The Centreville mayor's secretary was charged Monday with three counts of bribery and state benefits fraud related to a jobs program intended to help poor people find work during the recession.
Patricia Cross Hicks, 49, secretary of Centreville Mayor Marius "Mark" Jackson, was expected to surrender at the St. Clair County Jail Monday afternoon following charges being issued by State's Attorney Brendan Kelly. Charges were related to use of stimulus funds from the American Recovery and Reinvestment Act that were intended for the Put Illinois to Work program.
The program was intended to benefit the unemployed in the areas hit hardest by the recession during 2010. In March three program participants from Centreville were also charged. Tiffany Jefferies, 25, and Willie Cox, 22, each were charged with three counts of bribery and a count of theft. Danyelle Radford, 37, was charged with theft and state benefits fraud.
Heartland Human Care Services of Chicago contracted with the Lessie Bates Neighborhood Center to manage the program locally. Lessie Bates Executive Director William Kreeb reported potential abuse shortly after the program began.
The investigation is ongoing and is being handled by the Illinois State Police and FBI, Kelly said.
"This was a combined federal and state investigation of the abuse of tax dollars -- tax dollars which were supposed to be helping put people to work during a very difficult economic time for our country," Kelly said. "I have some serious concerns about the apparently weak oversight by Heartland Alliance and the ease with which multiple violations occurred in this situation."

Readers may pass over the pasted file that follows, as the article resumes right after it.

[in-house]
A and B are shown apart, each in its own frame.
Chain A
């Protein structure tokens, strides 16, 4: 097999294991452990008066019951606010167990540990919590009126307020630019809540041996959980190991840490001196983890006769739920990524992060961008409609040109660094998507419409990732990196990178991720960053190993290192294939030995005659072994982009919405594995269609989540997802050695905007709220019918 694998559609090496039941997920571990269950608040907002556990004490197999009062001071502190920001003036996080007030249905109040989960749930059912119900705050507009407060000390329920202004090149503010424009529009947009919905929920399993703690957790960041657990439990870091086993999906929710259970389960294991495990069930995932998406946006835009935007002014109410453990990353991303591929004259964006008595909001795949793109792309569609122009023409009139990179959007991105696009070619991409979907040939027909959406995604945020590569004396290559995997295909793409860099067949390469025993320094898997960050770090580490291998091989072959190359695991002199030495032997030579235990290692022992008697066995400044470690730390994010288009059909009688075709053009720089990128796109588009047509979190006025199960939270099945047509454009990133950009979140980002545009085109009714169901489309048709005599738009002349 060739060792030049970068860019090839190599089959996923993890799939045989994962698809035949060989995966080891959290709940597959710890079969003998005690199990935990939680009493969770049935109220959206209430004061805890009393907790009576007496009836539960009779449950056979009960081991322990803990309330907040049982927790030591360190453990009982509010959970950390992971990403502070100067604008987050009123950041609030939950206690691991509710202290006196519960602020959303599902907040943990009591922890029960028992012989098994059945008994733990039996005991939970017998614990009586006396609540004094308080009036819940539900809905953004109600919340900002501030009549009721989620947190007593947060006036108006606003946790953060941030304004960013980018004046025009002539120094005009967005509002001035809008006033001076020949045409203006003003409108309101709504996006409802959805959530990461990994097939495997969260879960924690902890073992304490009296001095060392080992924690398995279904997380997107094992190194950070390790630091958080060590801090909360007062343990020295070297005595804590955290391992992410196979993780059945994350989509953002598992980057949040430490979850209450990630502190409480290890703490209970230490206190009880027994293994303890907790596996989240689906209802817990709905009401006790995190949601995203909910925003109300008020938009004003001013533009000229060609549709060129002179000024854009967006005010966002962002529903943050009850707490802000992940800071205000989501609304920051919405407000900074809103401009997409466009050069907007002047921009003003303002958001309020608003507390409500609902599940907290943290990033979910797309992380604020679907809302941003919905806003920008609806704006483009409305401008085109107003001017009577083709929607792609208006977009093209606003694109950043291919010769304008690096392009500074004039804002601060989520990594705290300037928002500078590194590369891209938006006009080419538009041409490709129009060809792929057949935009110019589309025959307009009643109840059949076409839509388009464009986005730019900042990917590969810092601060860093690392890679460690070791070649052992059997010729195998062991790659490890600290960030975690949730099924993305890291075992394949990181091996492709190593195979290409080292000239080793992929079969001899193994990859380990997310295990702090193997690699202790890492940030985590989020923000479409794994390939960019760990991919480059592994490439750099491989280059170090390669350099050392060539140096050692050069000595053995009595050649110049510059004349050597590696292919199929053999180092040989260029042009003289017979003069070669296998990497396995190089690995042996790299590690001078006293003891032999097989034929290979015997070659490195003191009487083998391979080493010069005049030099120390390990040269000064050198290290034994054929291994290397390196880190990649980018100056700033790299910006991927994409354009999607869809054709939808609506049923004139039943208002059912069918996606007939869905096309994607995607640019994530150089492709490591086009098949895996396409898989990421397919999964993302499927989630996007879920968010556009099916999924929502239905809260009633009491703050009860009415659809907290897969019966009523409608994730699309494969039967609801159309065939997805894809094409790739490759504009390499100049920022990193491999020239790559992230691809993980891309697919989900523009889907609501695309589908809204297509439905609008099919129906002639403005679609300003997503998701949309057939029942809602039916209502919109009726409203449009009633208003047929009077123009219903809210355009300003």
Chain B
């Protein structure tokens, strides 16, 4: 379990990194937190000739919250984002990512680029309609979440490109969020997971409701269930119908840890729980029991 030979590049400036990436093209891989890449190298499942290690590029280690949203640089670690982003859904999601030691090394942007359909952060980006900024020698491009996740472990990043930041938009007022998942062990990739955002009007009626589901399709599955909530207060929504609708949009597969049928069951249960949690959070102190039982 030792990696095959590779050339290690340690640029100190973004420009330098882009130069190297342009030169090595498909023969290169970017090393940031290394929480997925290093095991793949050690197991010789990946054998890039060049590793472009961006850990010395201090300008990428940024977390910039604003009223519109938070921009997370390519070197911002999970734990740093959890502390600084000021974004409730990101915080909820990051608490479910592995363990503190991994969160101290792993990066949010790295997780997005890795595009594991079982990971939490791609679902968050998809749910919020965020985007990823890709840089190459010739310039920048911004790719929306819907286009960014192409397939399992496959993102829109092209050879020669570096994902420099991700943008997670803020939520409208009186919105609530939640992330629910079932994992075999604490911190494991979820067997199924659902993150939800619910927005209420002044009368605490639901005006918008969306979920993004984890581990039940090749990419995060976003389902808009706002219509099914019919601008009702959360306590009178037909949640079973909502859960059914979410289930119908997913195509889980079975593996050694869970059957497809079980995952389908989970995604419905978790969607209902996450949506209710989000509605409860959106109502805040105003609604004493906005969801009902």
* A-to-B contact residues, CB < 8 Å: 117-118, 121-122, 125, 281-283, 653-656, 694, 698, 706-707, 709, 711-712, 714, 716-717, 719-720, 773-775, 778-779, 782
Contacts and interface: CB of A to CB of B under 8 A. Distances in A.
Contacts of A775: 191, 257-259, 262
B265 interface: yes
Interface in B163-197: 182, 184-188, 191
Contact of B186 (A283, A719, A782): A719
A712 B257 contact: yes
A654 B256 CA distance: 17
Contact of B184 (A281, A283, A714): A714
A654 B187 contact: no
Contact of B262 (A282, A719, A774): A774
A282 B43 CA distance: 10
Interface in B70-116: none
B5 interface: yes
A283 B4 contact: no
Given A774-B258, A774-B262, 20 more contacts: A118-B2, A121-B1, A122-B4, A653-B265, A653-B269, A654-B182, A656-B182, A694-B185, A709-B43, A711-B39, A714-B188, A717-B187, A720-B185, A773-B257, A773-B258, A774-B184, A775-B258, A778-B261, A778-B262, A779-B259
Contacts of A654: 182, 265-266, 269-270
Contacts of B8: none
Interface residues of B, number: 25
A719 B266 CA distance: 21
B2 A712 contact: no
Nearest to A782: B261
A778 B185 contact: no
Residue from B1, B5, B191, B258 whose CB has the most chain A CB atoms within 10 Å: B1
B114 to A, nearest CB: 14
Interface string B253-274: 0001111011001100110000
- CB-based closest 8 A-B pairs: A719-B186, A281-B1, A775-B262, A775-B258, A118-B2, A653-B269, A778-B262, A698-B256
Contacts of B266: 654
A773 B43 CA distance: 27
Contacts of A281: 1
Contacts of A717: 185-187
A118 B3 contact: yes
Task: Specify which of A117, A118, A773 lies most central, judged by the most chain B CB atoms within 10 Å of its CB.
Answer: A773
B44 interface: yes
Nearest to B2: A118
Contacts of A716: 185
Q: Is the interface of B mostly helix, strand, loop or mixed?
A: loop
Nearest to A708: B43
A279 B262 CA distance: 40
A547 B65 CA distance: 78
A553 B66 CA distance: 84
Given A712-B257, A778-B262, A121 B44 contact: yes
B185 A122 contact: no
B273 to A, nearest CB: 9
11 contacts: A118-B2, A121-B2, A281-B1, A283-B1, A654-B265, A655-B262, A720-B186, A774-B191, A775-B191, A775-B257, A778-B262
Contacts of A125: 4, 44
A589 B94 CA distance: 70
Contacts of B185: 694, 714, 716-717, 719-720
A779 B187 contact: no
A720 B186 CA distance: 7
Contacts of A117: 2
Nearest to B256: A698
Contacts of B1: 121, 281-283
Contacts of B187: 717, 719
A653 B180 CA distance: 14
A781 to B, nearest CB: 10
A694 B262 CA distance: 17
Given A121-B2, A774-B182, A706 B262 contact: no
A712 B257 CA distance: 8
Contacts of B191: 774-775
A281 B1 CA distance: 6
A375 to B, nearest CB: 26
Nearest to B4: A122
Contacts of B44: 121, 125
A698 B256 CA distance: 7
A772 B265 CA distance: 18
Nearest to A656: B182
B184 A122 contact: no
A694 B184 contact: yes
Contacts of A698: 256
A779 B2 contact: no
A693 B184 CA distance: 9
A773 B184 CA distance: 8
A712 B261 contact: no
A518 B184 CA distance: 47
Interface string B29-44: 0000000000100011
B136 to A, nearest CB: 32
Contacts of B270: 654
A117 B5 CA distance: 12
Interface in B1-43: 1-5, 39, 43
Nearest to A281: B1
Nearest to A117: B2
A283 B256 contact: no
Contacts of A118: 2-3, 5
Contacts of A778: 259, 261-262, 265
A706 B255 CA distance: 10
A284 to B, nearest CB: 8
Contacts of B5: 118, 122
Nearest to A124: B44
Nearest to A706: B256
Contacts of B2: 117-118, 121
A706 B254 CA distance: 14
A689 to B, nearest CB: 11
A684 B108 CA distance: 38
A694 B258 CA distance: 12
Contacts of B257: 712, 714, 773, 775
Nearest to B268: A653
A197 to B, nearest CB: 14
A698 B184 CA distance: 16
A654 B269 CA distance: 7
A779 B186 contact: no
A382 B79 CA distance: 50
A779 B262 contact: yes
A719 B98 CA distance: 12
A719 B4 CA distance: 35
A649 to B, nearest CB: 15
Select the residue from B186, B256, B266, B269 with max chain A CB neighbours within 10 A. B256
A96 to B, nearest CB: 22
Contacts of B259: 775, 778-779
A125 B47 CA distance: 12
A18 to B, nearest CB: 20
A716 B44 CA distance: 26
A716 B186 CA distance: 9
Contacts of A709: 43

The jobs program paid out $18.5 million in gross wages to about 2,500 temporary employees in St. Clair, Madison, Calhoun and Monroe counties over the course of the 10-month program, according to local program records. Lessie Bates received $1.9 million.
Statewide, 27,000 people were employed under the program from April 2010 to January 2011. Heartland was allocated about $280 million in federal stimulus and state money, with Lessie Bates serving as one of 26 subcontractors across the state that connected workers with employers.
State records show Heartland and its subcontractors received about $40 million for administering and managing the program.